Government ‘heeded cries’ with land act – Gugile Nkwinti

2014-07-02 13:27

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The government’s land claims process has reopened with an assurance that electronic filing would speed up the historically tardy process.

Rural Development and Land Reform Minister Gugile Nkwinti said he was “very grateful” to President Jacob Zuma for signing the Restitution of Land Rights Amendment Act.

Nkwinti told a media briefing yesterday that past mistakes, including a court ruling which found that the government “acted unlawfully” in an Eastern Cape case, had necessitated that the process be reopened for another five years.

The signing of the amendment into law and also the Property Valuation Act sparked constitutional concerns from the Democratic Alliance, which will be writing to Zuma to determine whether he had “fully applied his mind” before signing them.

Nkwinti said the government had “heeded the cries” of more than 1 000 people whom it had consulted and who felt unfairly excluded from the previous process which had a cutoff date of 1998.

“A great number of people complained that they had not been aware of the process at the time and, as such, had missed the initial lodgement window.”

Government earlier estimated that about 379 000 new claims could be submitted over the new five-year period.

The process would be smoother and less open to criminal abuse, said Nkwinti, as there would be no manual submissions.

“We have the benefit of hindsight now. Under the manual system, some papers even got lost. This time, everything will be registered electronically. It will be much easier.”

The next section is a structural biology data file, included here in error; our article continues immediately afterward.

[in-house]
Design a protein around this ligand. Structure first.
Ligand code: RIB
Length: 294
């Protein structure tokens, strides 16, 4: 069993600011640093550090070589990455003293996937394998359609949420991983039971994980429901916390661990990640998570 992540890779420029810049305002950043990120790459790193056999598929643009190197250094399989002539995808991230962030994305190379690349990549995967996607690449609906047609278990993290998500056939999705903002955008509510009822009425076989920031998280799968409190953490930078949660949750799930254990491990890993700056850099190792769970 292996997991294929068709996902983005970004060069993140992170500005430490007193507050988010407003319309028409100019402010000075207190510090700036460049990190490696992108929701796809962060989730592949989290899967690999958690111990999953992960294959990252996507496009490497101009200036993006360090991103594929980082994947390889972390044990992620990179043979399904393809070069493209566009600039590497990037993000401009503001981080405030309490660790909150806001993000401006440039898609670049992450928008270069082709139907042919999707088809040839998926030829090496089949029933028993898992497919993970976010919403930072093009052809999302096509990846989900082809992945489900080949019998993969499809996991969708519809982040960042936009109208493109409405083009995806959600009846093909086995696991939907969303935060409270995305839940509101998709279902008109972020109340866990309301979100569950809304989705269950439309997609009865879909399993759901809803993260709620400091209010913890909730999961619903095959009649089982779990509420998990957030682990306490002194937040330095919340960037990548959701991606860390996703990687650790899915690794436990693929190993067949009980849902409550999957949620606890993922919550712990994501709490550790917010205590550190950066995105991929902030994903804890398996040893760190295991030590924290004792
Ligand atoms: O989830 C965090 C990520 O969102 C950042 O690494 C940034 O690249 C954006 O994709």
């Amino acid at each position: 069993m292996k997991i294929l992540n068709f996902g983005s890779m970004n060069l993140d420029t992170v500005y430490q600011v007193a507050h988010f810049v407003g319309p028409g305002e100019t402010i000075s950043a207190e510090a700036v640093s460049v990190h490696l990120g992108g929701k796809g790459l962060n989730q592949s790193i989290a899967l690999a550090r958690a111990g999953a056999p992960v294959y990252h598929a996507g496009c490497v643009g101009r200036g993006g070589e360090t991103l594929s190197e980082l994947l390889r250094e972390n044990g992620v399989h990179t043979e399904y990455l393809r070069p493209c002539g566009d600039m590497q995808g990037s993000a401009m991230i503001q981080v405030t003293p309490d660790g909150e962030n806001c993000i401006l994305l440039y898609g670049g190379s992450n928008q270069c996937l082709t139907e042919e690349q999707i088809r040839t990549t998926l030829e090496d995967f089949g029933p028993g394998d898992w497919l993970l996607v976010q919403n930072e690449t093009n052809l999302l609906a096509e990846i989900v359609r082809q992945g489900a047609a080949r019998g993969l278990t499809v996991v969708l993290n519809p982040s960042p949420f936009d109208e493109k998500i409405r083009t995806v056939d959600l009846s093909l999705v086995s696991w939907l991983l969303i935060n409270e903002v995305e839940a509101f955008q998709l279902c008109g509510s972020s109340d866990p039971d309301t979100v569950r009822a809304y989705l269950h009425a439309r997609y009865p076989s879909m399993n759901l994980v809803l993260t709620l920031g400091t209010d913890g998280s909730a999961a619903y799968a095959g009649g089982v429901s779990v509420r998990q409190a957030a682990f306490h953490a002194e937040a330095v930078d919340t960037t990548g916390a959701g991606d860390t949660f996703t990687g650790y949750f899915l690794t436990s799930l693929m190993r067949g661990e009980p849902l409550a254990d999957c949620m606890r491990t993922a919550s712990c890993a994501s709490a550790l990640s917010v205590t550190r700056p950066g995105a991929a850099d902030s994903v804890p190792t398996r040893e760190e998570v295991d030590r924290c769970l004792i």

A total of 14 lodgement offices and sites had been opened and were equipped with advanced technology “to ensure speedy and accurate capture of relevant information”.

From the previous process, 77 622 claims had been settled with about 8 471 still outstanding.

Nkwinti and Land Claims commissioner Nomfundo Gobodo would not be drawn on whether claimants whose process had been finalised, but not closed, could now face counterclaims. Both referred to the Constitution, which guarantees the right to restitution or redress.

Nkwinti acknowledged that the Khoi and the San communities remained excluded and that a policy was being developed to consider redress for claimants dispossessed of land before 1913.

The DA’s Thomas Walters said the amendment would “overload a corrupt and incapacitated restitutions process even further, leading to longer delays for the dispossessed and stagnation in the rural economy, which is already beginning to undermine food security”.

He said the Property Valuation Bill also misdiagnosed the problem as it “discourages new investment in the agricultural sector and may lead to increases in production costs for farmers due to increased interest rates and lower loans being offered relative to the value of properties”.

The bills were signed “despite having received a petition from the DA to refer this proposed legislation back to the National Assembly”.

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